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Experimental hybridization studies suggest that pleiotropic alleles commonly underlie adaptive divergence between natural populations Thompson, Ken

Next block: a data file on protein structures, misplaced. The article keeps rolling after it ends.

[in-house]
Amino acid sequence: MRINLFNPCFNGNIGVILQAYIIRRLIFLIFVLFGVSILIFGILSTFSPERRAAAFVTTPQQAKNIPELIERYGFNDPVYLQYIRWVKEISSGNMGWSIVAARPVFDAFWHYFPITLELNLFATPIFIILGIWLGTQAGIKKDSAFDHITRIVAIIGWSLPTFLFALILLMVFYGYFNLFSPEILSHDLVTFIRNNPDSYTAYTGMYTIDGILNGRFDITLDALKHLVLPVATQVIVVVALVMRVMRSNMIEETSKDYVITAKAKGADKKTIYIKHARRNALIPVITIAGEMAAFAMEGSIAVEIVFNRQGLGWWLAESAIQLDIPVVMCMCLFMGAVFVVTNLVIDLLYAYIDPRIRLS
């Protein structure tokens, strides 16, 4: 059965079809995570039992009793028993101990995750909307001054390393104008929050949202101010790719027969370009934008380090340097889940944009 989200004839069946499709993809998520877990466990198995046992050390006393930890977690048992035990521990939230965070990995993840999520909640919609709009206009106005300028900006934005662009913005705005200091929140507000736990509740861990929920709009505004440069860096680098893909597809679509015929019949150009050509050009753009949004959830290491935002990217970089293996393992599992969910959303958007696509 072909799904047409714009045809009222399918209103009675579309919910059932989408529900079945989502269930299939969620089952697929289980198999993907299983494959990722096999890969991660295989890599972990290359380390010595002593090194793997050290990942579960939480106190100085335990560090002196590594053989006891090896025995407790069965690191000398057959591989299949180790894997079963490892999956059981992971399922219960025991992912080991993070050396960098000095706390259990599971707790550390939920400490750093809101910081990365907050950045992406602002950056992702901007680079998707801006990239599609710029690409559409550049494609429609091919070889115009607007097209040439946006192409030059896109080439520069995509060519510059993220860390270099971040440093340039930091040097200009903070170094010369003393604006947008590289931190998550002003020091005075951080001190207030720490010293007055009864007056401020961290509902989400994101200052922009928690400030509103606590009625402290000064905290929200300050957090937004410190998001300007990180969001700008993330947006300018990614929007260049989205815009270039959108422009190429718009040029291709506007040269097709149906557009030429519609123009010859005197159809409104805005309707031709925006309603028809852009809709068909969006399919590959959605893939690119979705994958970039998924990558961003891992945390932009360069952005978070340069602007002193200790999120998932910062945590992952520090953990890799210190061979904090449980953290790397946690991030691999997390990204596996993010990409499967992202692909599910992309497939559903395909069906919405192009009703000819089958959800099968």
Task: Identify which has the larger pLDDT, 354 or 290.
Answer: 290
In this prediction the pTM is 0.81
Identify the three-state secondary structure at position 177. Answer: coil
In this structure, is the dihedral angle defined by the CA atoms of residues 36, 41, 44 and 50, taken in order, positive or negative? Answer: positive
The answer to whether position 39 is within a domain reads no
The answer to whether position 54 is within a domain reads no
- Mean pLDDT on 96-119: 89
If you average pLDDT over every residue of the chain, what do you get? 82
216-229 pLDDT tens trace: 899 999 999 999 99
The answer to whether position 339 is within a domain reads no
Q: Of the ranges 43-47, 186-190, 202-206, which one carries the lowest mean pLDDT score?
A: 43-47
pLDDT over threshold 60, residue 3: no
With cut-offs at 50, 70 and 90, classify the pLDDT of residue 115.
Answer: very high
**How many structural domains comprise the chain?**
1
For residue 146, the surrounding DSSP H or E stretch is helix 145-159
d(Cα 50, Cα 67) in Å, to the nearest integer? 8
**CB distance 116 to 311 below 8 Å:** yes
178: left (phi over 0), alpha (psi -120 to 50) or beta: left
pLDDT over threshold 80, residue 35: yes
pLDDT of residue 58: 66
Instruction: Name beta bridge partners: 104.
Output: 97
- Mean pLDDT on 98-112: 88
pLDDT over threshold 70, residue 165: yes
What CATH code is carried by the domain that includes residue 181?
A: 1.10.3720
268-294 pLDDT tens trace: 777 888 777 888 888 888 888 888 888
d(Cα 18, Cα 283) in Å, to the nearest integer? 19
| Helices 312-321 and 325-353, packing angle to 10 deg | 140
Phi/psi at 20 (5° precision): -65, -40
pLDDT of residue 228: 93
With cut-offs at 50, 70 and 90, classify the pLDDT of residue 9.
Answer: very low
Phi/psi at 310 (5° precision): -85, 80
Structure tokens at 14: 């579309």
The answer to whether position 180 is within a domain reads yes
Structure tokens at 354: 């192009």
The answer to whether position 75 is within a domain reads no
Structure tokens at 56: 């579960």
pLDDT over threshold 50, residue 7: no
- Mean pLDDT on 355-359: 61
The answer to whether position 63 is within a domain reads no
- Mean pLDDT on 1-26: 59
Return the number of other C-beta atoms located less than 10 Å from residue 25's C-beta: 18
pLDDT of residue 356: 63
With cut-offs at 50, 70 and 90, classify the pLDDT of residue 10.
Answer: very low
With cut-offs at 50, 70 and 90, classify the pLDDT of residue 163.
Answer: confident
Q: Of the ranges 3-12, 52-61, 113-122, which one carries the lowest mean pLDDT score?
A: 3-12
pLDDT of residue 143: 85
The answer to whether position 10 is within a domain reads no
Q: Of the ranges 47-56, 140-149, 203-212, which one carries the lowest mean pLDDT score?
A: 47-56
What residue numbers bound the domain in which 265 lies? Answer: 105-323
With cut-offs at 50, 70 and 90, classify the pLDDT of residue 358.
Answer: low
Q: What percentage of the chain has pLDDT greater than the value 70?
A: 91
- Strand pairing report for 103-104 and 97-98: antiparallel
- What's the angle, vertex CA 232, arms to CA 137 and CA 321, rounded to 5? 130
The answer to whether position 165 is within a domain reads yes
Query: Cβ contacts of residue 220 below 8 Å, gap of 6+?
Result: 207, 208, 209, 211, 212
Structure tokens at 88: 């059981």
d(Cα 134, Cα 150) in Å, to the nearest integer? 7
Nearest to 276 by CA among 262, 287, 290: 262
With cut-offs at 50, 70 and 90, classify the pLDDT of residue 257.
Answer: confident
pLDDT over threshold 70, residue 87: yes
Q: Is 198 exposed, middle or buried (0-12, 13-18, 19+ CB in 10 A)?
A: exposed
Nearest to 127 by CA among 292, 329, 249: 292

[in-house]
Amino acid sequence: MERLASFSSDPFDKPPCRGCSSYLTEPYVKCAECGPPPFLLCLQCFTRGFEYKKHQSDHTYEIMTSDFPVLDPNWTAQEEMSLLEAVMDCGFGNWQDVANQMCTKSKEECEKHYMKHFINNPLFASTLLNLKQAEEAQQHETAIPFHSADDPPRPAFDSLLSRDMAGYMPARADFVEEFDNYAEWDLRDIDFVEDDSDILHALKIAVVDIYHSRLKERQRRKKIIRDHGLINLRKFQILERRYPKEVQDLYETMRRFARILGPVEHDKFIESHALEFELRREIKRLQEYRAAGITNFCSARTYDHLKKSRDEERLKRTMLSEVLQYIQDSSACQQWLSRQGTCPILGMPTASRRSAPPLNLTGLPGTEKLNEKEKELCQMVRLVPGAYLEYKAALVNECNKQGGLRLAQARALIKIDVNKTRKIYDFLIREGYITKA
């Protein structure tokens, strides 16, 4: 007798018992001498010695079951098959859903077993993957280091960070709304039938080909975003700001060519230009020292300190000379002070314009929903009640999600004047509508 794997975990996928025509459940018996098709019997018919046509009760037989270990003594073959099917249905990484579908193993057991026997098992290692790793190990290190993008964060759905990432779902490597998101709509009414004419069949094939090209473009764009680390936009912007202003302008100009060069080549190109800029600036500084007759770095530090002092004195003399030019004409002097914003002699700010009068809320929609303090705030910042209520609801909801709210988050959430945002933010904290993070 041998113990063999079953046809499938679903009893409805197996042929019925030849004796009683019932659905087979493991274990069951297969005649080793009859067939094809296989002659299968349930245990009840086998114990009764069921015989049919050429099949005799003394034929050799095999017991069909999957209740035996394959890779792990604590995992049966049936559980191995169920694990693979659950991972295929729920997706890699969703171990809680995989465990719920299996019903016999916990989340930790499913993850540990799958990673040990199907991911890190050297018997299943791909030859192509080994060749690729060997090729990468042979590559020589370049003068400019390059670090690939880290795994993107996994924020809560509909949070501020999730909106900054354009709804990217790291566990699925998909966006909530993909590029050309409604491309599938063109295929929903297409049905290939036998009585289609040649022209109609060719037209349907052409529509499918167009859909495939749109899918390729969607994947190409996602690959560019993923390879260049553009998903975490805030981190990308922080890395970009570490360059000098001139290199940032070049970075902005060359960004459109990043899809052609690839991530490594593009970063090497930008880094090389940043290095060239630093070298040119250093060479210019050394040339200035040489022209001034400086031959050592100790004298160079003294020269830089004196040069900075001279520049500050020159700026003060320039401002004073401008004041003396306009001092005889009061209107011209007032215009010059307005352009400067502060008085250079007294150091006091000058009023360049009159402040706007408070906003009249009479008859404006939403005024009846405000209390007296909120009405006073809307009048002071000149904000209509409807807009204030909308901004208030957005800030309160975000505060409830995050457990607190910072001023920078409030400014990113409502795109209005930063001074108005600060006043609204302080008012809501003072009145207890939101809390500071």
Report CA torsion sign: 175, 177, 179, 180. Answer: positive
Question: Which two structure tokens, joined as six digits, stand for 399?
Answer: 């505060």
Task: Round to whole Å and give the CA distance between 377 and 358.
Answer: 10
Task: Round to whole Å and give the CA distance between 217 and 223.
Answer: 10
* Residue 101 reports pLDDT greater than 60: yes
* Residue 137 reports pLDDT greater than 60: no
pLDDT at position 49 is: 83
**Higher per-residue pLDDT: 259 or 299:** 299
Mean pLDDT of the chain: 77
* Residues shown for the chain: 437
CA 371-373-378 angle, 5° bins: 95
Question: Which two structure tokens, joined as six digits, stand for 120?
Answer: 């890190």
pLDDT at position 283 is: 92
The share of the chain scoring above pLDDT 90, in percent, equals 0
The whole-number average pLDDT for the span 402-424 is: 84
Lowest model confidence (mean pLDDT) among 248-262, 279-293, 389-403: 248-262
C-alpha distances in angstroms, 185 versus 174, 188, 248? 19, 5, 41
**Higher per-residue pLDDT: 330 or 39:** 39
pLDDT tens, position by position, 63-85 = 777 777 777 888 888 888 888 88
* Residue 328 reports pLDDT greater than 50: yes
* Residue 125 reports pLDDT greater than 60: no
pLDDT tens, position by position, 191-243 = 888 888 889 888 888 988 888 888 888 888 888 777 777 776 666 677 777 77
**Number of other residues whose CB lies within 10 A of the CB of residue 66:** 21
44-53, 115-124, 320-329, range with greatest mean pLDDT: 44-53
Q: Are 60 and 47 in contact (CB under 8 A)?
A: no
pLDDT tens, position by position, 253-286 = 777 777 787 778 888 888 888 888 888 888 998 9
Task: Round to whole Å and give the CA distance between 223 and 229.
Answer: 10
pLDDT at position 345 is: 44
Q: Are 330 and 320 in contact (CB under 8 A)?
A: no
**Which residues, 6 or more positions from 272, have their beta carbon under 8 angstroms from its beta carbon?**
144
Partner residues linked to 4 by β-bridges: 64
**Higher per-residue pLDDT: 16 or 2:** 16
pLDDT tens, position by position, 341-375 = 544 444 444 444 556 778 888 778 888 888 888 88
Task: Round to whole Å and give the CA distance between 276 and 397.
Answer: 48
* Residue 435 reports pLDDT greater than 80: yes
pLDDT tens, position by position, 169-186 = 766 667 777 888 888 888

The alleles used for adaptation can pleiotropically affect traits under stabilizing selection. The fixation of alleles with deleterious pleiotropic effects causes compensatory alleles to be favoured by selection. Such compensatory alleles might segregate in interpopulation hybrids, resulting in segregation variance for traits where parents have indistinguishable phenotypes. If adaptation typically involves pleiotropy and compensation, then the segregation variance for traits under stabilizing selection is expected to increase with the magnitude of adaptive phenotypic divergence between parents. This prediction has not been tested empirically, and I gathered data from experimental hybridization studies to evaluate it. I found that pairs of parents which are more phenotypically divergent beget hybrids with more segregation variance in traits for which the parents are statistically indistinguishable. This result suggests that adaptive divergence between pairs of natural populations proceeds via pleiotropy and compensation, and that deleterious transgressive segregation variance accumulates systematically as populations diverge.

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